In relation to the weapons found, do they correspond to a particular selection of objects of particular relevance, or could we say that they would be ordinary weapons, of the type that we would expect to find among the warriors of this time?

The weapons and ornaments that have been found do not include any specimen that we could consider exceptional. The swords appear to have been worn by a relatively small group of cavalrymen, while the belt buckles were probably worn by Germanic women.

Some of these weapons seem to show some voluntary folding and some kind of ritual treatment. Would it be possible to identify the remains as part of a trophy erected by the Romans after the battle?

We can only speculate as to how human bodies washed up in the Meuse river. We can imagine a double scenario:on the one hand, the findings could reflect a battle in which a group of people were pushed into the river, where they were killed or drowned, as Caesar recounts. Another alternative scenario would be that of a deposition ritual after the battle and in which the bodies and weapons were collected from the battlefield by the survivors between the tencters and the usipetes, or by the Eburon inhabitants. I have previously interpreted this material as a complex ritual find due to the existence of ancient folds in the blades of some swords and its probable association with animal bones (many of them from bovines) and ceramics. A ritual interpretation of this kind does not at all contradict its relation to a battle; many remains of ancient battles have been the subject of later manipulation, and can often be found deposited in places of worship in Iron Age Gaul, such as at Ribemont-sur-Ancre or the La Tène site itself.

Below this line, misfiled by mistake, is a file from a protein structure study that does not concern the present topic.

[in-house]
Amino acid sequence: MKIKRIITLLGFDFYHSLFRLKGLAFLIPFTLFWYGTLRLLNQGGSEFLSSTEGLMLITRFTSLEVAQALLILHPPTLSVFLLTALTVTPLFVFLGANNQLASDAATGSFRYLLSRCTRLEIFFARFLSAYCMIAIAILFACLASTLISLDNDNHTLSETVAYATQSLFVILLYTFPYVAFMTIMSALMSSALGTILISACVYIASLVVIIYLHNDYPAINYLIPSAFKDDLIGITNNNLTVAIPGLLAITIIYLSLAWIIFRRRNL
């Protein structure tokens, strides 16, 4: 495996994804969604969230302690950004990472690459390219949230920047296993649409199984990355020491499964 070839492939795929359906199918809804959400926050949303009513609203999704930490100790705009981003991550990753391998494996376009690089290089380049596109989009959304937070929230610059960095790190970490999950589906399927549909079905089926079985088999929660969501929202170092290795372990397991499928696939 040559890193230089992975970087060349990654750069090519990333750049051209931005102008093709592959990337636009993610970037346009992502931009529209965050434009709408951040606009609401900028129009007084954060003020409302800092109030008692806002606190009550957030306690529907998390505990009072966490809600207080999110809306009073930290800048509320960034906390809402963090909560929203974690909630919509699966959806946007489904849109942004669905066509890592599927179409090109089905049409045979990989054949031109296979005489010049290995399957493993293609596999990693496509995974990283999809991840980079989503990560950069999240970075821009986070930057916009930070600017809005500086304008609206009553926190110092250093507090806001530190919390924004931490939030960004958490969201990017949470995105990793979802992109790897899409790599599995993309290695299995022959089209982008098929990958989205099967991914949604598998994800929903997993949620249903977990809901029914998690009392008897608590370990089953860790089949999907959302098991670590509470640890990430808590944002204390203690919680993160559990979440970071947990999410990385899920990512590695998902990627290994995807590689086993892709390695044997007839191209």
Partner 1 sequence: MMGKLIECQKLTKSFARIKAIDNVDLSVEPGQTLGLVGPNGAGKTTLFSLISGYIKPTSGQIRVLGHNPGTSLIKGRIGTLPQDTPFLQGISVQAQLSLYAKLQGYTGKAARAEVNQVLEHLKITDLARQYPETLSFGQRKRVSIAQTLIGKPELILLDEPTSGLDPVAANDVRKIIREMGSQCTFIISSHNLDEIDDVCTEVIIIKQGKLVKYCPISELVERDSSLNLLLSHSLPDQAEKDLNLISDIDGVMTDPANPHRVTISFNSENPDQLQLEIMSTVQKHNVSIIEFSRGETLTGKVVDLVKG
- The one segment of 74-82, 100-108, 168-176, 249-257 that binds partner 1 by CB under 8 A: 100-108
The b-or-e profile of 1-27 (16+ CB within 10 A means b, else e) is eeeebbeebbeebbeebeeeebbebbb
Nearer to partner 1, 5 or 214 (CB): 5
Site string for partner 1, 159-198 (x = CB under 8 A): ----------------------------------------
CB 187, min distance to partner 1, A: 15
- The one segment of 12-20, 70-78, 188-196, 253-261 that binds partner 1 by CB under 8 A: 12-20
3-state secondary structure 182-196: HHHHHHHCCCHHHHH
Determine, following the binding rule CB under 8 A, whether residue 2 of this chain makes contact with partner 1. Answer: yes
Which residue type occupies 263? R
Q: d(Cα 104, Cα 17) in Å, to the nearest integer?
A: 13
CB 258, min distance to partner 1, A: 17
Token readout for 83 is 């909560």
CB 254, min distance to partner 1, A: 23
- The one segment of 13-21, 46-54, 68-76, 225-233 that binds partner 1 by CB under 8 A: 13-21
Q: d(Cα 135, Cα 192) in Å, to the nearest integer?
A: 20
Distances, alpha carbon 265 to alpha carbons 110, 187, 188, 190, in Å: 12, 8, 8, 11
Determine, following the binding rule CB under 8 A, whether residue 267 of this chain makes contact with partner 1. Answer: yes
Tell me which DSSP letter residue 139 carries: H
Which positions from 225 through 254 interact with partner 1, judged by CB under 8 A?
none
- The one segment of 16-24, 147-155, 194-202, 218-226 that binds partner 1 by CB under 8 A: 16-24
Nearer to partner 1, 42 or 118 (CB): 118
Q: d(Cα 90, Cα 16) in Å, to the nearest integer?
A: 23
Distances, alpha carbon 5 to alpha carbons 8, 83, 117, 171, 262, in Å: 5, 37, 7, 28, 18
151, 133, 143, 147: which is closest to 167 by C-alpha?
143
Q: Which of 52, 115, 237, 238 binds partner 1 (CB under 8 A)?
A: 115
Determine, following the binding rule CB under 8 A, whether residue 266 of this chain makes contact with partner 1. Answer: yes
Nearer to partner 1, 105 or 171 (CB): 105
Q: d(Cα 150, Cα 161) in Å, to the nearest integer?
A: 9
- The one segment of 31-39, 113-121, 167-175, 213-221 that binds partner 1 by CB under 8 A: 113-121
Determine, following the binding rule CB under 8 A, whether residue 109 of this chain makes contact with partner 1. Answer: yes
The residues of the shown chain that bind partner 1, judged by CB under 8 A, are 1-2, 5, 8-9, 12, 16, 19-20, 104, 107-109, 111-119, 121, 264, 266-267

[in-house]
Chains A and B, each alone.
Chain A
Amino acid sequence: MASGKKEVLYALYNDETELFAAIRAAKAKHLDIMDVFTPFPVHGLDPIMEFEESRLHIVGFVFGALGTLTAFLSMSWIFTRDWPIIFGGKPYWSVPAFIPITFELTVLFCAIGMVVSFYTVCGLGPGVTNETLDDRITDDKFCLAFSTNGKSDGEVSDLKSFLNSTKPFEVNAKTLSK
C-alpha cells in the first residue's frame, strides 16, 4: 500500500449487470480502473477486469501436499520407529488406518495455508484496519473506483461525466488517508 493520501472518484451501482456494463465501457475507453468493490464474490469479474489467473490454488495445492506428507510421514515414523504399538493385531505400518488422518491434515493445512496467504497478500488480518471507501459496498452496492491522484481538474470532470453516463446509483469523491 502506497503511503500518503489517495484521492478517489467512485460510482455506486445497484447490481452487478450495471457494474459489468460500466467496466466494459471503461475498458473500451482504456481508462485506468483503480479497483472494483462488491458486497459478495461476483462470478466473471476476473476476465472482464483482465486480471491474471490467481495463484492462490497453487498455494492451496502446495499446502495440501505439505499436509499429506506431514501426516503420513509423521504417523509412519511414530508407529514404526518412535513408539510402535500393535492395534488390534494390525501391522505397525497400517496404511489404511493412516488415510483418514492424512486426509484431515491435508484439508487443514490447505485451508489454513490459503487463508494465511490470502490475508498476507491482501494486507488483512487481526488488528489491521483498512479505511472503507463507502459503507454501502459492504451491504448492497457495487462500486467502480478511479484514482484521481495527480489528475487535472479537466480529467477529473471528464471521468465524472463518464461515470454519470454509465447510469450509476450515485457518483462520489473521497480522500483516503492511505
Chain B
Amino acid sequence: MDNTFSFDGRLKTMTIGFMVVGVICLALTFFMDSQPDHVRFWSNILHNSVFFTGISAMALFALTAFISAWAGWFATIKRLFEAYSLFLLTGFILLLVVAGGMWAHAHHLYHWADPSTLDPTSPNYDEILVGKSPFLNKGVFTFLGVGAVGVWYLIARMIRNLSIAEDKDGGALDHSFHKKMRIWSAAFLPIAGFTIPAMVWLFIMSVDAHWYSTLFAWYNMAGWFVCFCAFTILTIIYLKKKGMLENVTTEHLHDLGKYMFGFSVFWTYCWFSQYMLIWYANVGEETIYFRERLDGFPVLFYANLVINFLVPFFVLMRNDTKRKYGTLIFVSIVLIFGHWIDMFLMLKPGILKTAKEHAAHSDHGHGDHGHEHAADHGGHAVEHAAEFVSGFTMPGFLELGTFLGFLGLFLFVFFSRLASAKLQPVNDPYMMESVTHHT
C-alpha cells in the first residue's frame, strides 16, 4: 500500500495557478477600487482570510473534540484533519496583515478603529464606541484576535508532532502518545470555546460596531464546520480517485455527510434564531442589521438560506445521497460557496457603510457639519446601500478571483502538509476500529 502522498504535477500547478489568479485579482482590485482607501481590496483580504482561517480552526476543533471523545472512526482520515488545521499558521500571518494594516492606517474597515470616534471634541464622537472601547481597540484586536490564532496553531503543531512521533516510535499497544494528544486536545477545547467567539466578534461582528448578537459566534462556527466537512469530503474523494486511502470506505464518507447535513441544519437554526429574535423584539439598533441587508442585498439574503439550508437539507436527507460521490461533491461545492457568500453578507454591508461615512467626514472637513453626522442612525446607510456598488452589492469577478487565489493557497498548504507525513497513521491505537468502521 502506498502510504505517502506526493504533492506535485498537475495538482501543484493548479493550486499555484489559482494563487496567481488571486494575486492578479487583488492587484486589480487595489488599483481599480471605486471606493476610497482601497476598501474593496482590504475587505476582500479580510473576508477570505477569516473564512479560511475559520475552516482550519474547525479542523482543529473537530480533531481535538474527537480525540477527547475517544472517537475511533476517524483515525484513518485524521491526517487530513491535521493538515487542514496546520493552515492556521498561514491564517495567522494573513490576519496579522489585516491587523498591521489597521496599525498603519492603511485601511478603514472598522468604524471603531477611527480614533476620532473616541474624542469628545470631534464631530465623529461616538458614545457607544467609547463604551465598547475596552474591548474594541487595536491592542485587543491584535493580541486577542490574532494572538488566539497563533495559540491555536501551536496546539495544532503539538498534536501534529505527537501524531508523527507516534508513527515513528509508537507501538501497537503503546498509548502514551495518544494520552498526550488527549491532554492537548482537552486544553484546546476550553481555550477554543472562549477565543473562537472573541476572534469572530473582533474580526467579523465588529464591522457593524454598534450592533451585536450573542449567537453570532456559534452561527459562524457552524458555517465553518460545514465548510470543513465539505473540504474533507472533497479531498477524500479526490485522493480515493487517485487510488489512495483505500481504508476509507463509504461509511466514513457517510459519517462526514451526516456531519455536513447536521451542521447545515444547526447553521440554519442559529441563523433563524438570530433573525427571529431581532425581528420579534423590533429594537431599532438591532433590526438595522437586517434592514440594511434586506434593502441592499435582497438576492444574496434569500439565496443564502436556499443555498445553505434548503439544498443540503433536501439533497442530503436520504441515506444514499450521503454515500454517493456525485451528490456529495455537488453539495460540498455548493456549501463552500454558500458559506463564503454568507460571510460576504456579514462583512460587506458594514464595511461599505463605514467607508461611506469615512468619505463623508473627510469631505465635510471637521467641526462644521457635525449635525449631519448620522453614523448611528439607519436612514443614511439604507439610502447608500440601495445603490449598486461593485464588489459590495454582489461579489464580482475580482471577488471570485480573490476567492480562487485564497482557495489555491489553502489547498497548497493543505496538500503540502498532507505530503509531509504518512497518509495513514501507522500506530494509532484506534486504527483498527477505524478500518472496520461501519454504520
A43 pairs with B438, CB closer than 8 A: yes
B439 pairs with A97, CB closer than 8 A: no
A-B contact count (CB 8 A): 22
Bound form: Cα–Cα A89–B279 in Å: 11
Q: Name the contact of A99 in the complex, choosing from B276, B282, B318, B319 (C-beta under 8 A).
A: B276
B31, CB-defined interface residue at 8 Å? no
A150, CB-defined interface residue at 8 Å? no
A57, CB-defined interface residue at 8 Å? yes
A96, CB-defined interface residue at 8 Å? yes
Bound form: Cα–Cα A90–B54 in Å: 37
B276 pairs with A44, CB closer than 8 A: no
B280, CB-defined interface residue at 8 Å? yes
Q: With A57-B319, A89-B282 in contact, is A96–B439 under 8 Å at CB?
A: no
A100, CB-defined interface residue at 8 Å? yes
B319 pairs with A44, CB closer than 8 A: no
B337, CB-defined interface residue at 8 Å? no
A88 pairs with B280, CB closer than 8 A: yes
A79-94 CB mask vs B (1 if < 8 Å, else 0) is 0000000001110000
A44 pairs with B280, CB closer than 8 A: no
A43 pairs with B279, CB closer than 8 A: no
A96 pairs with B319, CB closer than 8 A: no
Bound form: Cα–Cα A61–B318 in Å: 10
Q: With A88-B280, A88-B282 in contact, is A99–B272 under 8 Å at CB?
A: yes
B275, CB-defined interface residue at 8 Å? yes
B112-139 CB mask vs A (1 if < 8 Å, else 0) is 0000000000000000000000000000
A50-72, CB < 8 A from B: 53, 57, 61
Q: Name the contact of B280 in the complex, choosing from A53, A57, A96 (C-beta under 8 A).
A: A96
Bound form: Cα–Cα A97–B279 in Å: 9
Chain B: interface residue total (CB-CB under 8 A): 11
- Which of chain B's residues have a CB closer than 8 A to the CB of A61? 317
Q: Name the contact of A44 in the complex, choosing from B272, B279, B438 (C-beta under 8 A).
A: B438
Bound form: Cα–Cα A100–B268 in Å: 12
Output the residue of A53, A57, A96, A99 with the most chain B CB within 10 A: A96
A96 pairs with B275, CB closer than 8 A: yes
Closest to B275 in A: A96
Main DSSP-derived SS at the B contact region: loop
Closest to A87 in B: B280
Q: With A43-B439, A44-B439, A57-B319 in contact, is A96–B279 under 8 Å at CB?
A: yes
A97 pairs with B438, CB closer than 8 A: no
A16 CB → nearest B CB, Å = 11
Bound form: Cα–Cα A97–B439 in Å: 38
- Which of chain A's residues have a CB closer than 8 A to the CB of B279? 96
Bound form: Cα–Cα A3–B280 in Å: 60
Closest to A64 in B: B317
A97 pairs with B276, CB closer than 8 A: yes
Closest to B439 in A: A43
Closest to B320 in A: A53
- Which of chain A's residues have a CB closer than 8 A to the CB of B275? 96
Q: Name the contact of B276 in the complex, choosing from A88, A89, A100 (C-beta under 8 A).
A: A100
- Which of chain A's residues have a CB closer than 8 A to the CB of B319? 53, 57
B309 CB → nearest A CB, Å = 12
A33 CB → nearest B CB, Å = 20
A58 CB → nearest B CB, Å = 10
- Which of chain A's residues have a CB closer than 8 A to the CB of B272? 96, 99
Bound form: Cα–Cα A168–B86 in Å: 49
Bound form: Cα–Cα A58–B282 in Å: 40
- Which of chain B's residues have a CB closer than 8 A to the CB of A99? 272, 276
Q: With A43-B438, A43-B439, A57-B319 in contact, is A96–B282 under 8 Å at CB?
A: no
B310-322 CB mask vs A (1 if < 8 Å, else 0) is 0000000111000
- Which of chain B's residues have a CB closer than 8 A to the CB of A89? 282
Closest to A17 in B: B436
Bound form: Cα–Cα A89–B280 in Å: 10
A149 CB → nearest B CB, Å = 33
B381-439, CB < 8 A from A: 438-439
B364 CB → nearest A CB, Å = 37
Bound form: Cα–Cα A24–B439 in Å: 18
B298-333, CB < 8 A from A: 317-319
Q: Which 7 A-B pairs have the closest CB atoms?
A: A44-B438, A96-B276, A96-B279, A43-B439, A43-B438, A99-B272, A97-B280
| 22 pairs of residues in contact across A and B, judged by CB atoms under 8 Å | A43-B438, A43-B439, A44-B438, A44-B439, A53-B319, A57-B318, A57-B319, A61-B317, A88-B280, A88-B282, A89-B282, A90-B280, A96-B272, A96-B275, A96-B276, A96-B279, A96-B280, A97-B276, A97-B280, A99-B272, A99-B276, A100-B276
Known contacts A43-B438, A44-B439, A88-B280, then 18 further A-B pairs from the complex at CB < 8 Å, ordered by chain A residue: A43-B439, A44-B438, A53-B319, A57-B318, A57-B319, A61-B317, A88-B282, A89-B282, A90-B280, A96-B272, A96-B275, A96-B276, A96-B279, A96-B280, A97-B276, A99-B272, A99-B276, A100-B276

Were these types of events common at this time? Do we know of similar cases?

Historical evidence suggests that intertribal conflicts were rare but not unknown in Iron Age Western Europe. However, we lack historical data, for example regarding the conflicts related to the migrations of the Cimbri and the Teutons, and we are comparatively much better informed about the great battles related to the Roman conquest of Gaul. Undoubtedly, the growing interest in the field of conflict archeology will help substantially increase our understanding of large-scale military conflict in ancient societies.

What other projects do you have in mind for the future?

During 2016 we want to continue our research at Kessel/Lith, especially focusing on isotope analyzes of human remains. Also, I intend to work on the project on the Roman conquest of northern Gaul that I mentioned earlier.

Don't forget to check the issues of Desperta Ferro Antigua y Medieval related to this topic!